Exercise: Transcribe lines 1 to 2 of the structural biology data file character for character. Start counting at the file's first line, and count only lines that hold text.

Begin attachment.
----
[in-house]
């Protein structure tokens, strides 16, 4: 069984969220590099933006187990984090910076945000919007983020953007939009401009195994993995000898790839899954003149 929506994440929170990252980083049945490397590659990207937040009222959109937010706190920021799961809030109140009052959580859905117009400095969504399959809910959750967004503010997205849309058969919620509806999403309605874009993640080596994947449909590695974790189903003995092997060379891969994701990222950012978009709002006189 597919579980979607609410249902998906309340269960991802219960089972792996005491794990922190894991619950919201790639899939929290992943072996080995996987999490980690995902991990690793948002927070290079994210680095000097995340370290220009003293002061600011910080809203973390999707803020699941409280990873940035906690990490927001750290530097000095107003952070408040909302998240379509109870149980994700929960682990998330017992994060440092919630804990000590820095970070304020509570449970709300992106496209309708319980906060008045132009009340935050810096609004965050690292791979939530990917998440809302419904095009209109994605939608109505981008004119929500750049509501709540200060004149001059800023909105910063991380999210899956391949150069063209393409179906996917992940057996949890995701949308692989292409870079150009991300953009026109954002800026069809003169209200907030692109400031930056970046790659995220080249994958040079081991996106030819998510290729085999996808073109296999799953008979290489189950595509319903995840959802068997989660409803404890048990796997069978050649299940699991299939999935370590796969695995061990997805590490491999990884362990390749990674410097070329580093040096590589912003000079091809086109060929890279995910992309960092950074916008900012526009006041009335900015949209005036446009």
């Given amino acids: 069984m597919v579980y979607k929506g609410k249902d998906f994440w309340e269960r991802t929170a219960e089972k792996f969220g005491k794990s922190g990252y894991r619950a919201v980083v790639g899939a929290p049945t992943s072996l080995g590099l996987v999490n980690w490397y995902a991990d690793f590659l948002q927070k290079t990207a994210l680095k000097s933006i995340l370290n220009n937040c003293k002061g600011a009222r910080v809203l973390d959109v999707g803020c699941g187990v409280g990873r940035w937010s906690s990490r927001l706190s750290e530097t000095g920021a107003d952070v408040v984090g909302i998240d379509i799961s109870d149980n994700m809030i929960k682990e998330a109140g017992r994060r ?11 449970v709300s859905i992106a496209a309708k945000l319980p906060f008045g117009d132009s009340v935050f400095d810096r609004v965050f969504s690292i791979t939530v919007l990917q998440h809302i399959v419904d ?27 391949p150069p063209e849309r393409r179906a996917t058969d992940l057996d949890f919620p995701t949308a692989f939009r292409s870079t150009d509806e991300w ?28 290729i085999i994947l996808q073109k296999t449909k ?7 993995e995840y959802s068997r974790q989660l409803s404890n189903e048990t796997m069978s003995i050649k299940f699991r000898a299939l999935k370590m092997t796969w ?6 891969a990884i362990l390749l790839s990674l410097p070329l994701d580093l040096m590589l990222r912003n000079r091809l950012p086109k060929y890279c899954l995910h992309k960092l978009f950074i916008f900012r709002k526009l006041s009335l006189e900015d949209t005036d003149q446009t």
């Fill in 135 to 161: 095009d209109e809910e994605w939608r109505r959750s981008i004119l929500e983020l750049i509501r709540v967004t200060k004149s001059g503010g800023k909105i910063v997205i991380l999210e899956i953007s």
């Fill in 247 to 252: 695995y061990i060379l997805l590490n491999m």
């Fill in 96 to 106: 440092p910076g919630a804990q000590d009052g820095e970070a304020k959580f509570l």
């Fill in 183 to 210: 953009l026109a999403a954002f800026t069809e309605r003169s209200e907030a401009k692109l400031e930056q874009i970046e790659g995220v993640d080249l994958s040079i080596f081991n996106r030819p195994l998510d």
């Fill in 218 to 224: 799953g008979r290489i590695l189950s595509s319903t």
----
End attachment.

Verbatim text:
[in-house]
């Protein structure tokens, strides 16, 4: 069984969220590099933006187990984090910076945000919007983020953007939009401009195994993995000898790839899954003149 929506994440929170990252980083049945490397590659990207937040009222959109937010706190920021799961809030109140009052959580859905117009400095969504399959809910959750967004503010997205849309058969919620509806999403309605874009993640080596994947449909590695974790189903003995092997060379891969994701990222950012978009709002006189 597919579980979607609410249902998906309340269960991802219960089972792996005491794990922190894991619950919201790639899939929290992943072996080995996987999490980690995902991990690793948002927070290079994210680095000097995340370290220009003293002061600011910080809203973390999707803020699941409280990873940035906690990490927001750290530097000095107003952070408040909302998240379509109870149980994700929960682990998330017992994060440092919630804990000590820095970070304020509570449970709300992106496209309708319980906060008045132009009340935050810096609004965050690292791979939530990917998440809302419904095009209109994605939608109505981008004119929500750049509501709540200060004149001059800023909105910063991380999210899956391949150069063209393409179906996917992940057996949890995701949308692989292409870079150009991300953009026109954002800026069809003169209200907030692109400031930056970046790659995220080249994958040079081991996106030819998510290729085999996808073109296999799953008979290489189950595509319903995840959802068997989660409803404890048990796997069978050649299940699991299939999935370590796969695995061990997805590490491999990884362990390749990674410097070329580093040096590589912003000079091809086109060929890279995910992309960092950074916008900012526009006041009335900015949209005036446009």